Living Hell: The Dark Side of the Civil War
By Michael C.C. Adams, Johns Hopkins University Press, 2014, $29.95
Learning From the Wounded: The Civil War and the Rise of American Medical Science
By Shauna Devine, University of North Carolina Press, 2014, $39.95
Is war really good for “absolutely nothing?” Not necessarily, as two new books, Living Hell and Learning From the Wounded, indicate. War can perhaps be useful in helping prevent more war.
The only thing wrong with Michael C.C. Adams’s Living Hell is its subtitle. After all, was there really a “light” side to the Civil War?
Adams, author of the controversial 1978 book about Union generals, Our Masters the Rebels, has written a mind-searing compendium of the hardships suffered by Union and Confederate soldiers from sickness, hunger, wounds and everyday living conditions: “the misery of soldiers living amid corpses, filth and flies.”
Just as bad, perhaps, were the mental and emotional scars that drove soldiers from both sides into behavior that led Joshua Callaway, a Confederate, to write to his wife, “I learned more of human nature and deception than I ever cared to know.”
Little improved for veterans after the war. Adams relates that an 1865 issue of The Soldier’s Friend, a magazine for Union veterans, suggested they should “conceal the fact of their having been in the army” as it might hinder their chances for employment. Sad to say, today’s veterans might benefit from such blunt advice.
In Learning From the Wounded, Shauna Devine, a visiting research fellow in the history of medicine at the Schulich School of Medicine at Western University, makes a convincing case that at least one good thing came from the horror of the Civil War, namely the advancement of medicine. It is commonplace, she acknowledges, “to associate this war with inexperienced physicians and surgeons hacking off limbs with unsanitized medical equipment while patients clamped down on bullets, trying to suppress the pain.” After all, perhaps two-thirds of the war’s casualties were caused by disease and infection.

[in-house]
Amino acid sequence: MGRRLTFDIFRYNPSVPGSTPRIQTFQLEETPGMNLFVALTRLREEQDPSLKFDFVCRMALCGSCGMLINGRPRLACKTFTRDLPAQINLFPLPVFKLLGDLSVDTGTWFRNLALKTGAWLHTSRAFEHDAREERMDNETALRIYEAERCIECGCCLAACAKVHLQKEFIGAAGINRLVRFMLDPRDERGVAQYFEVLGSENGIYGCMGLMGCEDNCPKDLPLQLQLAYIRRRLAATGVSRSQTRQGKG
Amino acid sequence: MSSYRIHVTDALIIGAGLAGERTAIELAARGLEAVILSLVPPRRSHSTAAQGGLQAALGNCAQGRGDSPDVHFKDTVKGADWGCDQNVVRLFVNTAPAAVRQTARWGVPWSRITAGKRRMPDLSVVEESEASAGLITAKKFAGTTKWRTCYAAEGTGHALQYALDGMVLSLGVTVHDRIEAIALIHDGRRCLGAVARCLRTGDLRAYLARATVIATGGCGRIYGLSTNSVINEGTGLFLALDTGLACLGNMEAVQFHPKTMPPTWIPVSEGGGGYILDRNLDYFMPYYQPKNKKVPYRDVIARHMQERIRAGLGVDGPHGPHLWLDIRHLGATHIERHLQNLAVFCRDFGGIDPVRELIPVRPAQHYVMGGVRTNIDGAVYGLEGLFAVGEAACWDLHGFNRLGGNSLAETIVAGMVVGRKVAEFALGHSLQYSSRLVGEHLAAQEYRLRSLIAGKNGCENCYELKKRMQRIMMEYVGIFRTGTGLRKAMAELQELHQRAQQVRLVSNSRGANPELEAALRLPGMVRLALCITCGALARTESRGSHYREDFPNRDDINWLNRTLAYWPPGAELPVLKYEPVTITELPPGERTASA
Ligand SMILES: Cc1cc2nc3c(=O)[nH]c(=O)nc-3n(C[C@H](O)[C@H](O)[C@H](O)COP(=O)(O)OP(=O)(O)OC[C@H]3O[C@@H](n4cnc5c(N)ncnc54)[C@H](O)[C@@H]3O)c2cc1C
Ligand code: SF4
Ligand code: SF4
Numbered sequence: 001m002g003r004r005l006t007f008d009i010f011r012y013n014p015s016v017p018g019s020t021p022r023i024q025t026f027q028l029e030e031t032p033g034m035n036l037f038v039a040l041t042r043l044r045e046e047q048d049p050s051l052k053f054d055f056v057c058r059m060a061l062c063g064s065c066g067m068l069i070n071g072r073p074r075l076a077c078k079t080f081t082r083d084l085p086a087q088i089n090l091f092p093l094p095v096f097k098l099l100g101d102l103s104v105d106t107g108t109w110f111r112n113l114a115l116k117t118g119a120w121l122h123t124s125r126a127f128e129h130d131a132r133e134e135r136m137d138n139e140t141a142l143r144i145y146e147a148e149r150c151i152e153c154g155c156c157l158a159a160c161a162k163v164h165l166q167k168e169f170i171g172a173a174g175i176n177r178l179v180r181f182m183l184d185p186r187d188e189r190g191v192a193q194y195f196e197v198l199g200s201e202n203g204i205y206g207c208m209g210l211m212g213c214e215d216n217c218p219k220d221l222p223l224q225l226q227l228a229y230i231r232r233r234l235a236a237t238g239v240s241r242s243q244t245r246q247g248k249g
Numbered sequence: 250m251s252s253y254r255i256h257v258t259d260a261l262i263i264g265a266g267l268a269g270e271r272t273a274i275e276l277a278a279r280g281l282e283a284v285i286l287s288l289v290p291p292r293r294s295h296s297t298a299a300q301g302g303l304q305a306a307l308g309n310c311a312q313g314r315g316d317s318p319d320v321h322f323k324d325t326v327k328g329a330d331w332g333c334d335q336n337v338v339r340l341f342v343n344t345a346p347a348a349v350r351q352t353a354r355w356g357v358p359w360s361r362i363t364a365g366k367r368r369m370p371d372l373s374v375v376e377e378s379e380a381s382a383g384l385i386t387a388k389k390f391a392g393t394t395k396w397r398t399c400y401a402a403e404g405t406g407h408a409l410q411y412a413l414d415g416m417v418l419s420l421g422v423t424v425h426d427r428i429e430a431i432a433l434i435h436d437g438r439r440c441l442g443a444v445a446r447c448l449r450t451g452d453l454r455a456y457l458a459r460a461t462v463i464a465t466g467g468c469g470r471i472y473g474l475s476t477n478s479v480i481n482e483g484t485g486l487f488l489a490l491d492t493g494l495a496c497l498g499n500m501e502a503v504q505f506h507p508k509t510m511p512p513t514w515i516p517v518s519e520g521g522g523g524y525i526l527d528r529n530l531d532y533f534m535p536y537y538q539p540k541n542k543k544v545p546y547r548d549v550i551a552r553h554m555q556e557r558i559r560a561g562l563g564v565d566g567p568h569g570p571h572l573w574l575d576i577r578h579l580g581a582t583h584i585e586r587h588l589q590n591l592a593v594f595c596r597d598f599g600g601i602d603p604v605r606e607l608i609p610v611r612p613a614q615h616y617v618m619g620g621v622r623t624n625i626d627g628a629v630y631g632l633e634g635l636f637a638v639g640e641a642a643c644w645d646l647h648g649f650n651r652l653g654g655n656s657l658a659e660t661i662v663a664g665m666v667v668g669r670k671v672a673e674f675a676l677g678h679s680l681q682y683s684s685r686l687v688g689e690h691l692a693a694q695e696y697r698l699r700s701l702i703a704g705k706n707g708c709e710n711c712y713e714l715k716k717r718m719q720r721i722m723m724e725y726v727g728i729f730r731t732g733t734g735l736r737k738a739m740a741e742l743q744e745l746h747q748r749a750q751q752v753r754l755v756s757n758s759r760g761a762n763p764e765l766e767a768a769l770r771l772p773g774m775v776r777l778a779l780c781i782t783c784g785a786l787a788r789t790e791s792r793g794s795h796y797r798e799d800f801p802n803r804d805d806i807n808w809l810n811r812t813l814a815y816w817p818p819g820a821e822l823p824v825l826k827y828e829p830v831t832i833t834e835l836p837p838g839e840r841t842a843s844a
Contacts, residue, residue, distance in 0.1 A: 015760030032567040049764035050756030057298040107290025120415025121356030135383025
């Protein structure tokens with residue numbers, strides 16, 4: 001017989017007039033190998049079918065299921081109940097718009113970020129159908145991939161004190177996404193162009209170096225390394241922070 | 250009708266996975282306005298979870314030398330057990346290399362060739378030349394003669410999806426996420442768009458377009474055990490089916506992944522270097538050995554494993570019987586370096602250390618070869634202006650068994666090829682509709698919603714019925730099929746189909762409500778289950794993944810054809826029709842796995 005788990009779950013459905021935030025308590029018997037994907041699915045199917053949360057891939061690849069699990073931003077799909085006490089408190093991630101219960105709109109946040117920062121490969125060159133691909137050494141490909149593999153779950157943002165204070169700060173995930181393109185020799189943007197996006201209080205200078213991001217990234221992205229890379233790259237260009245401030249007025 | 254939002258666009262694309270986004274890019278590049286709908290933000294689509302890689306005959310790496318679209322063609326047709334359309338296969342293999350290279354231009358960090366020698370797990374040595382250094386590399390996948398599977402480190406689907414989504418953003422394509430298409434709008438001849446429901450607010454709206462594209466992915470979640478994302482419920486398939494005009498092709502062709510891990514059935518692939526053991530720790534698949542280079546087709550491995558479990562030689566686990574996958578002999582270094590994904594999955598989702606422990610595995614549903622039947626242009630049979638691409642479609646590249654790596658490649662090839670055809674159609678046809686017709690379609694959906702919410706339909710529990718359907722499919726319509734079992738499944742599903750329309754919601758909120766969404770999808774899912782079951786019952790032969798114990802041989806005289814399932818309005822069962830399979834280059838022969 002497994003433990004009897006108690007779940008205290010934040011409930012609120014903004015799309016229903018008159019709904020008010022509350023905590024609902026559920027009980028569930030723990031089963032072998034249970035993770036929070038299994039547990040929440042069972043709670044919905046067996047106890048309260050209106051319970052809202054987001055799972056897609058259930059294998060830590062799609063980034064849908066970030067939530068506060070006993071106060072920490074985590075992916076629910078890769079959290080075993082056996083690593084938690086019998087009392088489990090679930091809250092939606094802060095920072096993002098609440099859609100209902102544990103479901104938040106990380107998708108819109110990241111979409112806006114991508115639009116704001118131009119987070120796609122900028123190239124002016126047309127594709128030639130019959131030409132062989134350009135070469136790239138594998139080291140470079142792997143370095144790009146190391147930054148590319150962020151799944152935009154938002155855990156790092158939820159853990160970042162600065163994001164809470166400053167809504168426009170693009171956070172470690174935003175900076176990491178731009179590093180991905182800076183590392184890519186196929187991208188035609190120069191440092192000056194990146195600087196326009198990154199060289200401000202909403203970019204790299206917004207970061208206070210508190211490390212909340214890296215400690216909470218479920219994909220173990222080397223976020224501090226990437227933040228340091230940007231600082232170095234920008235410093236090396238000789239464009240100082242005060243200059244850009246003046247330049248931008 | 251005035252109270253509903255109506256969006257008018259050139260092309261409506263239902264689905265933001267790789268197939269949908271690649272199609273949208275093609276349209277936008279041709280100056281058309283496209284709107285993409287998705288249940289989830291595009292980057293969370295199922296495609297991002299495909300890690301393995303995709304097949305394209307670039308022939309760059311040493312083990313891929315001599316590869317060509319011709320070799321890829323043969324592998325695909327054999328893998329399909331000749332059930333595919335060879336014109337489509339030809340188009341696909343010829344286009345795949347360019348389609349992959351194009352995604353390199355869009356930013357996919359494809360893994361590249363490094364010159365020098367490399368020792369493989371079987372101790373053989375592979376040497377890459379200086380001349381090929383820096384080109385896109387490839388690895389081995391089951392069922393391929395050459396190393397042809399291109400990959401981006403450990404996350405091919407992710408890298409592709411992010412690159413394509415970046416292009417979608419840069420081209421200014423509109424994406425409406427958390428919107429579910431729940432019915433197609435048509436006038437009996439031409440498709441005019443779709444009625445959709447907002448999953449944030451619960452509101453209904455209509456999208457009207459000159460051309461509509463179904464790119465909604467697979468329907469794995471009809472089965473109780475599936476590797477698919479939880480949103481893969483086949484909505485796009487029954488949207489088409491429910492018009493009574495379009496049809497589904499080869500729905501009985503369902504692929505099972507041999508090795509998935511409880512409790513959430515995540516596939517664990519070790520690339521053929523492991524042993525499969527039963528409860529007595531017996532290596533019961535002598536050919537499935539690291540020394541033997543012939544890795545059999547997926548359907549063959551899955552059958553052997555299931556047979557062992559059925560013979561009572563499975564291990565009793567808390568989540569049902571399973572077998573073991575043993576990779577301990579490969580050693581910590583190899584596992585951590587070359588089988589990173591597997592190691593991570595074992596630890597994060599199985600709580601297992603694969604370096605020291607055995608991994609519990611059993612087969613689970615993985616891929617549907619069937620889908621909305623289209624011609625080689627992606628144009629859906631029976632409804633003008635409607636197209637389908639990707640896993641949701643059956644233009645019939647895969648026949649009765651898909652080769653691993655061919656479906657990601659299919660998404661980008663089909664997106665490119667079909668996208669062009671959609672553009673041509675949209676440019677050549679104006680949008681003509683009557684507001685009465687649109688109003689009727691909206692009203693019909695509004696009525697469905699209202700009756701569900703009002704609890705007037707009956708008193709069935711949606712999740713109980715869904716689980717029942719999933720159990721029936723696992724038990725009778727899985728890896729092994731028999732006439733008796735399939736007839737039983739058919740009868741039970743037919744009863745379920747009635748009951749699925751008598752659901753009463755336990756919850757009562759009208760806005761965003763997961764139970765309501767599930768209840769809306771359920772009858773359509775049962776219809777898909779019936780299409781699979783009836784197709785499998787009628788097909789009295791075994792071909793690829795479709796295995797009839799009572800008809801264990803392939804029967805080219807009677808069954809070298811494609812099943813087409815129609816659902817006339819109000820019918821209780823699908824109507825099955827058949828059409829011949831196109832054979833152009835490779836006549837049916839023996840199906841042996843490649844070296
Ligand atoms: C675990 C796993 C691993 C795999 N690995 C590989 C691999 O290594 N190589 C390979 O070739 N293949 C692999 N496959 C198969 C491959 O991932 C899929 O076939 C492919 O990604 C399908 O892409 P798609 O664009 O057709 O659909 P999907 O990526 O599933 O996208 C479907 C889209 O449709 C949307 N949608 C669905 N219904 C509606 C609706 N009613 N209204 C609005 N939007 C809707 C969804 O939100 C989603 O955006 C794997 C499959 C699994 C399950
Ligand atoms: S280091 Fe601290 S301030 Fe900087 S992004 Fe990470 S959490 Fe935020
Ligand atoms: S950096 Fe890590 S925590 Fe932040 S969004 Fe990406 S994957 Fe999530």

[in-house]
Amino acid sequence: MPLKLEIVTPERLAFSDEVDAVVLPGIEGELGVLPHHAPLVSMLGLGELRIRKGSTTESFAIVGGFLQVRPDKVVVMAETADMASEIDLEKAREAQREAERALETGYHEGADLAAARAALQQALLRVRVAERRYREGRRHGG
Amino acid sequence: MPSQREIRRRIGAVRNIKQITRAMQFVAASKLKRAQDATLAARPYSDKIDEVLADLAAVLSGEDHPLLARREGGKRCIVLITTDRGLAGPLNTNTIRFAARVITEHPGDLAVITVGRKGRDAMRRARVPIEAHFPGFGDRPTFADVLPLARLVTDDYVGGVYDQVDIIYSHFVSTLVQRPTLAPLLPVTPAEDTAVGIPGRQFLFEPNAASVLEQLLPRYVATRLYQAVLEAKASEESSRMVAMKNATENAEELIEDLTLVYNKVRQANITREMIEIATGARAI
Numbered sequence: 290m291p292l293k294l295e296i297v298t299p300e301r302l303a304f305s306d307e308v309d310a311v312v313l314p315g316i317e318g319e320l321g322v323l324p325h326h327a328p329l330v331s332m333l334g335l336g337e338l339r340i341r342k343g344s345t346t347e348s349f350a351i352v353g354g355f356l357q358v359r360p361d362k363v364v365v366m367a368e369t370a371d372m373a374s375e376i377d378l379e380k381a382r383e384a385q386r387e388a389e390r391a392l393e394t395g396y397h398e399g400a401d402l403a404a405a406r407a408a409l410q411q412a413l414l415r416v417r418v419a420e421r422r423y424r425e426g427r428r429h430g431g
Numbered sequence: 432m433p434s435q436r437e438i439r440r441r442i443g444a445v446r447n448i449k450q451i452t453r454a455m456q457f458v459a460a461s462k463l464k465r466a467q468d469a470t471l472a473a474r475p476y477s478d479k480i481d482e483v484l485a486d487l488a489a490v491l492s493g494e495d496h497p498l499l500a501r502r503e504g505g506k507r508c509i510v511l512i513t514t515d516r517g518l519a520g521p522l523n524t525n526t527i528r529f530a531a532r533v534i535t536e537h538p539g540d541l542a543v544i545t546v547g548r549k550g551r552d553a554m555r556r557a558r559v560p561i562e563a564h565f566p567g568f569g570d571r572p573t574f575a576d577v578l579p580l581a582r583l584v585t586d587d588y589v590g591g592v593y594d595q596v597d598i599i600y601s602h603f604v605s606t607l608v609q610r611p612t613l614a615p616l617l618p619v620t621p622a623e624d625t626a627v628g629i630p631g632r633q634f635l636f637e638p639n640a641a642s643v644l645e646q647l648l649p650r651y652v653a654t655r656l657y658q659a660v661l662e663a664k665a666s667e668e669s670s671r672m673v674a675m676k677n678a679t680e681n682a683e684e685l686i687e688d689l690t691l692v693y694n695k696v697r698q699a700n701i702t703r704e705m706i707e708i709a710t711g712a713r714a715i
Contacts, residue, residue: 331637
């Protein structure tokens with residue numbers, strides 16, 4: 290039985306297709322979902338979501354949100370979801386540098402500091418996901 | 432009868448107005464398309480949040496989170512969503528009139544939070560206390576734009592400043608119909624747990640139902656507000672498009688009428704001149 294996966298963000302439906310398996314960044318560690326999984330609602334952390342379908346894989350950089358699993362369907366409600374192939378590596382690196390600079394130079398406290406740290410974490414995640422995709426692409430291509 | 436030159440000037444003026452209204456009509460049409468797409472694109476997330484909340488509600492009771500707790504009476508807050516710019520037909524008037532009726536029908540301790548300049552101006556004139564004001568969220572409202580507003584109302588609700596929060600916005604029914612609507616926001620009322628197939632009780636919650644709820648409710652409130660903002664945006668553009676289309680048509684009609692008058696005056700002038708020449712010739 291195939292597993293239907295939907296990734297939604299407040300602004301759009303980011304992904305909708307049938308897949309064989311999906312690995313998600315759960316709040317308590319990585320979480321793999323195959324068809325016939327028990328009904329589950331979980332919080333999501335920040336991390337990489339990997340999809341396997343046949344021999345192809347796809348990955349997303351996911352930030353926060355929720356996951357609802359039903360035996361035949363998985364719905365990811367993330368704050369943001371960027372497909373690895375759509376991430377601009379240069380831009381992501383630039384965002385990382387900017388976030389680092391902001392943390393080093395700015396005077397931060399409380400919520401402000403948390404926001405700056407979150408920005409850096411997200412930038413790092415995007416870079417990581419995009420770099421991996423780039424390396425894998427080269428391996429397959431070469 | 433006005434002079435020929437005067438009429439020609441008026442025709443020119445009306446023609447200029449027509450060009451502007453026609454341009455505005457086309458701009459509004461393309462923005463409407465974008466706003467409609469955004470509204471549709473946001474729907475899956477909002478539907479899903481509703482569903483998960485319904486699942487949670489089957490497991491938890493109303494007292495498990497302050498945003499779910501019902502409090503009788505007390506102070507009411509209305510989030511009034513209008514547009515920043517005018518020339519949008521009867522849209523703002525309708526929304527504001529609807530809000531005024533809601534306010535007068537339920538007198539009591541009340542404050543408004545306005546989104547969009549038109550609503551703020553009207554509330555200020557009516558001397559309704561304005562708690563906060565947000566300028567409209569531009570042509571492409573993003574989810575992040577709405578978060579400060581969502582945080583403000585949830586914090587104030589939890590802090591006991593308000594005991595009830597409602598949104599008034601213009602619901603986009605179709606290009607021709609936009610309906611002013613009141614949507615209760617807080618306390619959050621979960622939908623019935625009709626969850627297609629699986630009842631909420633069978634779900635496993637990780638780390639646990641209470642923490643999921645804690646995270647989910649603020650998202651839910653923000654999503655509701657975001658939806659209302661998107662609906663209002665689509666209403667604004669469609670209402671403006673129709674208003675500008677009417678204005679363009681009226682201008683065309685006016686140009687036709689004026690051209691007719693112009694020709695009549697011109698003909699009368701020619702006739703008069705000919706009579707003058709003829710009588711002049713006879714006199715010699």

Divine goes back to official reports to reexamine the heroism of Civil War physicians, most of them Union (the Confederate Medical Department, she notes, was impeded by its lack of resources and shortages of medicine and food), who often performed near miracles under horrendous conditions. “The American medical profession,” she writes, “was on a new course” by the end of the war. “The evaluation of the Civil War case histories…publications, correspondences, and wartime reminiscences all reveal that the experience of the war had contributed to a new identity as producers of medical knowledge for many American physicians and proved an important catalyst for the development of American scientific medicine.”
Walt Whitman, who worked as a volunteer nurse in Washington during the war, was afraid that the real war, the one he saw reflected in makeshift hospitals, would not get into books. In this, thankfully, he was wrong. Living Hell and Learning From the Wounded have kept the horror alive, and no student of war should be ignorant of what they have to say.
Originally published in the November 2014 issue of America’s Civil War. To subscribe, click here.